The Wnt signaling pathway provides key information during development of vertebrates and invertebrates, and mutations in this pathway lead to various forms of cancer. Wnt binding to its receptor causes the stabilization and nuclear localization of β-catenin. Nuclear β-catenin then functions to activate transcription in conjunction with the transcription factor TCF. A recent report has challenged this basic precept of the Wnt signaling field, arguing that the nuclear localization of β-catenin may be unrelated to its function and that β-catenin functions at the plasma membrane to activate this signaling pathway. Here we present evidence that the pathway in fact does depend on the nuclear localization of β-catenin. We reexamine the functionality of various truncations of β-catenin and find that only the most severe truncations are true signaling-null mutations. Further, we define a signaling-null condition and use it to show that membrane-tethered β-catenin is insufficient to activate transcription. We also define two novel loss-of-function mutations that are not truncations, but are missense point mutations that retain protein stability. These alleles allow us to show that the membrane-bound form of activated β-catenin does indeed depend on the endogenous protein. Further, this activity is dependent on the presence of the C-terminus-specific negative regulator Chibby. Our data clearly show that nuclear localization of β-catenin is in fact necessary for Wnt pathway activation.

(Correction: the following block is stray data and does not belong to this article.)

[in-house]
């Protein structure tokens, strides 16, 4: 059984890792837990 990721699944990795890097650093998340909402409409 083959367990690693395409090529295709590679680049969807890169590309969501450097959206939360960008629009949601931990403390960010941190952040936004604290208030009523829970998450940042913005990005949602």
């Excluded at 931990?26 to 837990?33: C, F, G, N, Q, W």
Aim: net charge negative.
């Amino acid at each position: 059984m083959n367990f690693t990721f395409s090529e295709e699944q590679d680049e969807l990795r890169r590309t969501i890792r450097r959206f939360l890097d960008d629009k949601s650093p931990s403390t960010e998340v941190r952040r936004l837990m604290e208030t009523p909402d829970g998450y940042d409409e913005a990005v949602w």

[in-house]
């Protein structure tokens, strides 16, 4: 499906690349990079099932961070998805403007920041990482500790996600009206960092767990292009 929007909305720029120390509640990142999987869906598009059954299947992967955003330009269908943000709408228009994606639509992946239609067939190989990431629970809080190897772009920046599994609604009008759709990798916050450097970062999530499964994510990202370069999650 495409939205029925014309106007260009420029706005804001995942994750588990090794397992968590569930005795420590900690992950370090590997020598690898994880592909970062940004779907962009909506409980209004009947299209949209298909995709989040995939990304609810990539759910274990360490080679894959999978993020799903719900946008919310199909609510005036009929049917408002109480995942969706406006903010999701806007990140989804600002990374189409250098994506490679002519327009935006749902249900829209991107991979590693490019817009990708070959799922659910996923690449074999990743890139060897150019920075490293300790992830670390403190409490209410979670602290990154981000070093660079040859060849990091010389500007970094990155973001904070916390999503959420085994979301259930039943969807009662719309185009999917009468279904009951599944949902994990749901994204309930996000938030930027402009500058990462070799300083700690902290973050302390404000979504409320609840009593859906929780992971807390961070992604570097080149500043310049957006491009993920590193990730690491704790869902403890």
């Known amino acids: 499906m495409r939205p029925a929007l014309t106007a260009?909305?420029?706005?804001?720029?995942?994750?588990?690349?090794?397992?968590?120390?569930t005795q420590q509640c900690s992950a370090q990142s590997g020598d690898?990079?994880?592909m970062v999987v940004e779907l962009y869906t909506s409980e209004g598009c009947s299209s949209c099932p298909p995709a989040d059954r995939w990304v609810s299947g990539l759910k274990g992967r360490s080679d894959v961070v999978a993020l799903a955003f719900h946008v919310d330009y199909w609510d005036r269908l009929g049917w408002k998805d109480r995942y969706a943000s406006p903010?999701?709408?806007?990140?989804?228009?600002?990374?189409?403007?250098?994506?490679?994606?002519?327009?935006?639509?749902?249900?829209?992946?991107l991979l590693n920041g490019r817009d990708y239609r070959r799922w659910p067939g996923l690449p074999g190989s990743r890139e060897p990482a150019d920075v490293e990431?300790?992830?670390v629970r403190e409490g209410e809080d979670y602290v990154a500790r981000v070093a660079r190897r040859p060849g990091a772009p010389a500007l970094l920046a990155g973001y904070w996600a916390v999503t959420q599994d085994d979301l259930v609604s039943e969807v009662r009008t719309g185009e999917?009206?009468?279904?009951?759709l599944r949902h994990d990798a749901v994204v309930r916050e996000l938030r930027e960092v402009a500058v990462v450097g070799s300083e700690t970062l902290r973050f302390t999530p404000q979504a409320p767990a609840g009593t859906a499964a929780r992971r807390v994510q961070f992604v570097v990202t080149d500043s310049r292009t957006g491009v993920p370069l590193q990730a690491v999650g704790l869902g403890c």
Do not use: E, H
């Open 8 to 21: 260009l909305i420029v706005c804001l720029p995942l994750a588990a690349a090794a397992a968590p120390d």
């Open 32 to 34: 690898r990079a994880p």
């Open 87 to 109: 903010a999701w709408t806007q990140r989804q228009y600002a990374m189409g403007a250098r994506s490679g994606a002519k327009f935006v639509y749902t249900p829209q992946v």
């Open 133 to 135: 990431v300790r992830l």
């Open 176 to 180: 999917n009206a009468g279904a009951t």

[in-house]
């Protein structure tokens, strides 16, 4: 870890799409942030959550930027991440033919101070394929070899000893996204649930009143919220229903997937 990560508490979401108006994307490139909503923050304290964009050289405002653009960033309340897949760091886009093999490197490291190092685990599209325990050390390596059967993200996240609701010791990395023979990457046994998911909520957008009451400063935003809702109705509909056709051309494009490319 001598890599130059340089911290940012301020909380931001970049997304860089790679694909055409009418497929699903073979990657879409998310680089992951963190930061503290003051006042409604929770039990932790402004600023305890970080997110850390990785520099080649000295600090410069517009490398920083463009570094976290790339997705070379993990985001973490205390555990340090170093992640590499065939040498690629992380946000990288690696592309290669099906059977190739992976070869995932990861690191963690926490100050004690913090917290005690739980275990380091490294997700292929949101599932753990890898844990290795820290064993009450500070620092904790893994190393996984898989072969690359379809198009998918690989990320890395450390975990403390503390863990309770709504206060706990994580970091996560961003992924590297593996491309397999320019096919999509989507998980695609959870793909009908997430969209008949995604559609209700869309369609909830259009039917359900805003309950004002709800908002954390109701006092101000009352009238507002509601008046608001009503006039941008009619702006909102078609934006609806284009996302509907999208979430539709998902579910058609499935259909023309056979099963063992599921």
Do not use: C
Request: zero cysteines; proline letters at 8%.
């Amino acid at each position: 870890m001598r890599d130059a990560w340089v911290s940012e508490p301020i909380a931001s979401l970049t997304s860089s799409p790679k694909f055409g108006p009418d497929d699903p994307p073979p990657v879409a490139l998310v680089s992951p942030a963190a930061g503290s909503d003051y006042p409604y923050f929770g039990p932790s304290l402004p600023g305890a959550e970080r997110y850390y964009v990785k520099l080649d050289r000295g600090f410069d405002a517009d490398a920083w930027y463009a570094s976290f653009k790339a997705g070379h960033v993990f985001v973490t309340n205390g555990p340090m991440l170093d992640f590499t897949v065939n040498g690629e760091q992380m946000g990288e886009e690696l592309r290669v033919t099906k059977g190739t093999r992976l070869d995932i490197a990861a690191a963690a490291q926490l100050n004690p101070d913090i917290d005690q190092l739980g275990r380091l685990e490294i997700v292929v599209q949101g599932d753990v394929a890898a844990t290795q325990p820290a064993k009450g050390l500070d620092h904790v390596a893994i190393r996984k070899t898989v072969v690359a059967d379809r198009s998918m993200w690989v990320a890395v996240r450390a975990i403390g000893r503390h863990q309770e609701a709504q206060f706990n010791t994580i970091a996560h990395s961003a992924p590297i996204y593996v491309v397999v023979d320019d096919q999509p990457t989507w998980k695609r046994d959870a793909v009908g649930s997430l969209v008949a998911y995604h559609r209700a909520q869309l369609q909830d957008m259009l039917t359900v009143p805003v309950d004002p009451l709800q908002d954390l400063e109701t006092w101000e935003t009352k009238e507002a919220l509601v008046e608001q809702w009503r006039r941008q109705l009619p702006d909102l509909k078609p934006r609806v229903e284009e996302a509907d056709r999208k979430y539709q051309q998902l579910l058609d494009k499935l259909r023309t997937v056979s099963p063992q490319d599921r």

|Original language||English (US)|
|State||Published - 2004|
All Science Journal Classification (ASJC) codes
- Biochemistry, Genetics and Molecular Biology(all)
- Immunology and Microbiology(all)
- Agricultural and Biological Sciences(all)